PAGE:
If you’re doing demolition or serious yard work — think pounding stakes or crushing rocks — you need a sledgehammer. The double-faced steel head, typically weighing 12 pounds or more, is made for bludgeoning and not much else. The three-foot handle helps you develop maximum leverage.
Sledgehammer heads mounted on wooden handles frequently slip off. You won’t have that problem with the one-piece Fiskars Double-Face Sledgehammer. You won’t experience much user fatigue, either, because the shock-control handle absorbs vibrations.
Also known as a dead-blow or mini sledgehammer, a club hammer has a two- to three-pound sledge-like head mounted on a 10- to 12-inch handle. It’s good for chiseling and breaking up stone, tile and similar materials.
The Alltrade Club Hammer is an Amazon top choice. The head is permanently bonded to the shock-absorbing fiberglass handle, and the non-slip rubber handle minimizes user fatigue while facilitating accuracy. These are important because this isn’t a hammer you want slipping out of your hands in mid-swing.
Also known as a machinist’s hammer, the ball-peen hammer has two pounding faces on opposite sides of the head, one flat and one ball-shaped. The rounded face shapes metal (peening). The flat face can do anything a standard claw hammer face can do.
Ball-peen hammers come in weights from four to 32 ounces; heavy ones can double as club hammers for chiseling work. The 16-ounce Real Steel Ball-Peen Hammer is a mid-range choice that’s good for metalwork and chiseling.
When you need to tap things together without damaging them, you need a rubber mallet. They’re good for laminating and gluing boards in the wood shop, coaxing floorboards together, tapping bricks or pavers into the sand and putting a lid back on a paint can.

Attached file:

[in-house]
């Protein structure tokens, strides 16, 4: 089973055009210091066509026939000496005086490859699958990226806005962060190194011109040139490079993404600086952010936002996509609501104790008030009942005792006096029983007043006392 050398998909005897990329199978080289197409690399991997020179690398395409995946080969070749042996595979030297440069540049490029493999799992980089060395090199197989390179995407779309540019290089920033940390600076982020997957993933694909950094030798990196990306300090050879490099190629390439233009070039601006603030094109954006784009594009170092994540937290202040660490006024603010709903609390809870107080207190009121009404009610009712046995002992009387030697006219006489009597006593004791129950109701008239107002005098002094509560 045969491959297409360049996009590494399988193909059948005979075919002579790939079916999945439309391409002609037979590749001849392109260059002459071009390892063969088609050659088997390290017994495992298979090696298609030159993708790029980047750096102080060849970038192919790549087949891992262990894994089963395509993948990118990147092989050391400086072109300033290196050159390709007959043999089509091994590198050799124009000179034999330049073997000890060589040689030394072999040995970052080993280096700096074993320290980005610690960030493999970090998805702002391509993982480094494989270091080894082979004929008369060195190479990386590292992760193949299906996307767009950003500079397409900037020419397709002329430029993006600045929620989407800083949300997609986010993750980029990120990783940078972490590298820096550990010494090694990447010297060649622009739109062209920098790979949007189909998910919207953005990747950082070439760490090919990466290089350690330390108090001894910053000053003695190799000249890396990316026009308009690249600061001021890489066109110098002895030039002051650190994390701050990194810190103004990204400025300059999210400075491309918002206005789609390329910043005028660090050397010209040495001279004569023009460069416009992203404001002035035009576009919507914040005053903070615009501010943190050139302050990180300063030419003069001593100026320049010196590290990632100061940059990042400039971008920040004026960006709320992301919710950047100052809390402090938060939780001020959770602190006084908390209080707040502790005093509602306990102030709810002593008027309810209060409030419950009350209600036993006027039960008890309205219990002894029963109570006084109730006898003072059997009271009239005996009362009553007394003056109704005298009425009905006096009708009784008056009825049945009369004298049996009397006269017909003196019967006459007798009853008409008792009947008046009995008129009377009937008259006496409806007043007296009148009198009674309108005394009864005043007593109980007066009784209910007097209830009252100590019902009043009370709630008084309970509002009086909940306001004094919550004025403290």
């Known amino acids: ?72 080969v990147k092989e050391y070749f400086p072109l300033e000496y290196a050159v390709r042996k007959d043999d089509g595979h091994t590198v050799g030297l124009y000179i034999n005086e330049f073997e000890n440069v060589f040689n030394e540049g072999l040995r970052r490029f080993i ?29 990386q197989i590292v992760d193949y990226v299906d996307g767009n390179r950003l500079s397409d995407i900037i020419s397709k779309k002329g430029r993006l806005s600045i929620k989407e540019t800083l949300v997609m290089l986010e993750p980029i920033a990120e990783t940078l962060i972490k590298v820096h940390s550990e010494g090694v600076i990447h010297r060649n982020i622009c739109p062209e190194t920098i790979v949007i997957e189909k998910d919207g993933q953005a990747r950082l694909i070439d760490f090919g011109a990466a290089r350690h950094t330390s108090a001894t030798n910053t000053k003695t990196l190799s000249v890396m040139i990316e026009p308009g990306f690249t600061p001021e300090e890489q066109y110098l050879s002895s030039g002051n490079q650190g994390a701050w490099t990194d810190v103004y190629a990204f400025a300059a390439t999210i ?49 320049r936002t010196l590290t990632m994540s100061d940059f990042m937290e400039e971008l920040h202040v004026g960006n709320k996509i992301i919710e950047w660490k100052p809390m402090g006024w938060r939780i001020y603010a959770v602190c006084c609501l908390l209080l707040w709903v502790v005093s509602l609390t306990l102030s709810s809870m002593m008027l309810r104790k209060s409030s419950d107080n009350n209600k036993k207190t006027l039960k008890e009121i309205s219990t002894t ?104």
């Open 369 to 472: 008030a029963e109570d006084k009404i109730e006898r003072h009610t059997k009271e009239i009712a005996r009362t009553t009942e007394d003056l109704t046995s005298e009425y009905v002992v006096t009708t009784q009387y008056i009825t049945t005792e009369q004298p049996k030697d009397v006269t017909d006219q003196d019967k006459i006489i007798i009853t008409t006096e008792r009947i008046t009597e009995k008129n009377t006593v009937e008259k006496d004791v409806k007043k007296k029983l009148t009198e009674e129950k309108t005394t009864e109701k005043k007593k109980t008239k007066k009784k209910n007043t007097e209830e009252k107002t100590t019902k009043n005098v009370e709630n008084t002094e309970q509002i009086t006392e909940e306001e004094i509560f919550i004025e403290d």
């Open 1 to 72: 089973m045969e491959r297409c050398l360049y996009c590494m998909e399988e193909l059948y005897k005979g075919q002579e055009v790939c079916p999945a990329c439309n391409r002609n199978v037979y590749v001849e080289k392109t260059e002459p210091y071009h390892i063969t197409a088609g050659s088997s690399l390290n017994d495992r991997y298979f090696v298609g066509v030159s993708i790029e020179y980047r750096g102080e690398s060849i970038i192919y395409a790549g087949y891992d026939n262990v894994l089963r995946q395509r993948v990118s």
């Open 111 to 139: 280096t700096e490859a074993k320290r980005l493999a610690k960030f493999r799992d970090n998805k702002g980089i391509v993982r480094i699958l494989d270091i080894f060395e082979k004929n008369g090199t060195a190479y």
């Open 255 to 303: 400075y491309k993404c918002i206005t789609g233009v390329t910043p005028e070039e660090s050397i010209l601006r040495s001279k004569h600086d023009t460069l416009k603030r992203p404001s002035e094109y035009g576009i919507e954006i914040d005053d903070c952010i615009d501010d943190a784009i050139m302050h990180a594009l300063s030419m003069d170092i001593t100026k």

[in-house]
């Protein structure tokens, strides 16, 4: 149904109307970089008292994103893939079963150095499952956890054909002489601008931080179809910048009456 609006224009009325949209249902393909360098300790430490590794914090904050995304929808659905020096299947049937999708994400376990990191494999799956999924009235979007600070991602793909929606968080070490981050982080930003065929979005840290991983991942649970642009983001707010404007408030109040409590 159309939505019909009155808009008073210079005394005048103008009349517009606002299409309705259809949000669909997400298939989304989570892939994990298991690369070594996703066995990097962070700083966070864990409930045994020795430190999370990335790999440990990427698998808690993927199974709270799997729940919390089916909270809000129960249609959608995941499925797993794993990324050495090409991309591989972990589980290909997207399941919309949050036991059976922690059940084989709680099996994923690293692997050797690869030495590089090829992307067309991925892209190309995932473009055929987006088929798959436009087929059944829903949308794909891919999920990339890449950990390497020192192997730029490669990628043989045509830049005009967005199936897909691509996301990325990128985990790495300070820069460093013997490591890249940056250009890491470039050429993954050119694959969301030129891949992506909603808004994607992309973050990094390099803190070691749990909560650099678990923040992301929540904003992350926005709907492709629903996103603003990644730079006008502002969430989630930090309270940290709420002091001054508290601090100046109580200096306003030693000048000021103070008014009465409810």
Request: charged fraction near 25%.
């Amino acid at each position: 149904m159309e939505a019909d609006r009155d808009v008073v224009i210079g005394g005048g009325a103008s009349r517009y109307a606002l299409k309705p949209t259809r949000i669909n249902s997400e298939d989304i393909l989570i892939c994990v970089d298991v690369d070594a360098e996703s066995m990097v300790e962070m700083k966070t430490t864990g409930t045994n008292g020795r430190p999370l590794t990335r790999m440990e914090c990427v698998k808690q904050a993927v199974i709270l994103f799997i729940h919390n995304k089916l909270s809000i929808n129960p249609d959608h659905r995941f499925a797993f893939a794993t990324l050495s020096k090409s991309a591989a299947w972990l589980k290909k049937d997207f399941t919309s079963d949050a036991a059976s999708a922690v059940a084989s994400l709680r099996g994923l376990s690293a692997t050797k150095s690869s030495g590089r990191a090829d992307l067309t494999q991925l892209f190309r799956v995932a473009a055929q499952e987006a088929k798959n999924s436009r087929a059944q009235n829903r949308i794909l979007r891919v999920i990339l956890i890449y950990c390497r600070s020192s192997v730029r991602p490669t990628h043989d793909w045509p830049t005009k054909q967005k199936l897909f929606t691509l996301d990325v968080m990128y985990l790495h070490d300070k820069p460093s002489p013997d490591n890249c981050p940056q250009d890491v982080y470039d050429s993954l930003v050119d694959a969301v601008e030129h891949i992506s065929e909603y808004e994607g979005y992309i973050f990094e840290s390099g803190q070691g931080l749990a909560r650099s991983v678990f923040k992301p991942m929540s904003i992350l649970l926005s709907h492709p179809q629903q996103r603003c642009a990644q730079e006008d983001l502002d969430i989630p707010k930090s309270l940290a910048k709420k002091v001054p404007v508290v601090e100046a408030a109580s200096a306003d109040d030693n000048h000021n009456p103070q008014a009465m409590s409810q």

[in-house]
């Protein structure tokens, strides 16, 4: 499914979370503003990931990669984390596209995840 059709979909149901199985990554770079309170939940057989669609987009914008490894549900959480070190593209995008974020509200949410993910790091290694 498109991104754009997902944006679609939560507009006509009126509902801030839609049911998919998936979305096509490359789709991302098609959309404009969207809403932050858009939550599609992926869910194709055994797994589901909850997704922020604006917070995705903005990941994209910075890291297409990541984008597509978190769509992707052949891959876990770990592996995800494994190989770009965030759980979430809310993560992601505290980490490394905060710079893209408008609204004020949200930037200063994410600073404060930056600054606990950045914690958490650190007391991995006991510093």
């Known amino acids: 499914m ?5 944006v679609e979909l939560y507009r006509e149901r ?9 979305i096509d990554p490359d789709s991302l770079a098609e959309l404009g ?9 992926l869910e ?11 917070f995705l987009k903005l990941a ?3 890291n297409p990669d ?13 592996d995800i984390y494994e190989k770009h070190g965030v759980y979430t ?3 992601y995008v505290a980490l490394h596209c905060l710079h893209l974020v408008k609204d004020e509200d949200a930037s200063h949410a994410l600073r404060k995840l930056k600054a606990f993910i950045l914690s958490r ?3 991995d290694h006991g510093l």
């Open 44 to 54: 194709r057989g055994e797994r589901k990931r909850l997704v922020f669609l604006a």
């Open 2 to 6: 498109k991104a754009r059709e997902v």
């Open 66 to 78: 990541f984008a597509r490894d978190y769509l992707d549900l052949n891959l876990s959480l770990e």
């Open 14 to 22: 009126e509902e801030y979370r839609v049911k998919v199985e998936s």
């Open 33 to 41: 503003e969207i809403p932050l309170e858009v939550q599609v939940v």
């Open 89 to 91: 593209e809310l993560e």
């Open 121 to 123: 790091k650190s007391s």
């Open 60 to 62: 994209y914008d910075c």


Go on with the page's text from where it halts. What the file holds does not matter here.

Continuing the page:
To do any work at all, the rubber head with its opposing flat faces needs some weight. The Tekton 16-ounce Rubber Mallet has all the bulk you need plus a lightweight, easy-grip handle.
If you do any brick work around the house or in the yard, you’ll need a mason’s hammer. One end of the head has a smooth, flat face for tapping, and the other a long chisel-like head for breaking bricks and cutting into mortar.
A tool like the Estwing Bricklayer’s/Mason’s Hammer isn’t particularly useful outside of masonry and stone work, except maybe for concrete demolition. If you’re thinking of landscaping with stones and rocks, you’ll find this tool invaluable.
A dual-purpose hatchet hammer, sometimes called a wood-splitting maul, comes in handy whether you’re on a camping trip or in your backyard. The head incorporates a hatchet on one end, which is handy for split logs into kindling among other things. The flat-face hammer on the other end is good for pounding stakes and much more.
The Estwing Fireside Friend is one of the most highly-rated models on Amazon (4.8 stars). Its heavy-duty construction and ergonomic handle make it a great choice
Tired of hitting your fingers when pounding tacks and small nails? If so, you need a tack hammer.
It features opposing flat faces on the end of long, tapered throats, with one face magnetized. Pick up and set individual tacks or nails with the magnetized head, then turn the hammer around to pound them in. Your fingers stay out of the way.
Upholsterers, woodworkers and other hobbyists favor the lightweight Estwing Sure Strike Tack Hammer. It’s a useful addition to any tool drawer.